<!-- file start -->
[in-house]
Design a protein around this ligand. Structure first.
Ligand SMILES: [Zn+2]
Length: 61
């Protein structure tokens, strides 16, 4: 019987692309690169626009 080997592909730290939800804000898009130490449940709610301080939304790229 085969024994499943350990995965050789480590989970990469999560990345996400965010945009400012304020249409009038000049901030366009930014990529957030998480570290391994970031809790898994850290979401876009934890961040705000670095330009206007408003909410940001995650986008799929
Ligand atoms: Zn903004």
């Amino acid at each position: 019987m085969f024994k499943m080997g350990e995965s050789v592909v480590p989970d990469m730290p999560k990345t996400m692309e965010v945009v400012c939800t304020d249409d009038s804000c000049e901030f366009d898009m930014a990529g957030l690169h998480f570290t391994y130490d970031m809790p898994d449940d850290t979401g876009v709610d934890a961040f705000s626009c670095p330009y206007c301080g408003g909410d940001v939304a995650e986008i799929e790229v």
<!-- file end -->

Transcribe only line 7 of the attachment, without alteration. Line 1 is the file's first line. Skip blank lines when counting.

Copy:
């Amino acid at each position: 019987m085969f024994k499943m080997g350990e995965s050789v592909v480590p989970d990469m730290p999560k990345t996400m692309e965010v945009v400012c939800t304020d249409d009038s804000c000049e901030f366009d898009m930014a990529g957030l690169h998480f570290t391994y130490d970031m809790p898994d449940d850290t979401g876009v709610d934890a961040f705000s626009c670095p330009y206007c301080g408003g909410d940001v939304a995650e986008i799929e790229v």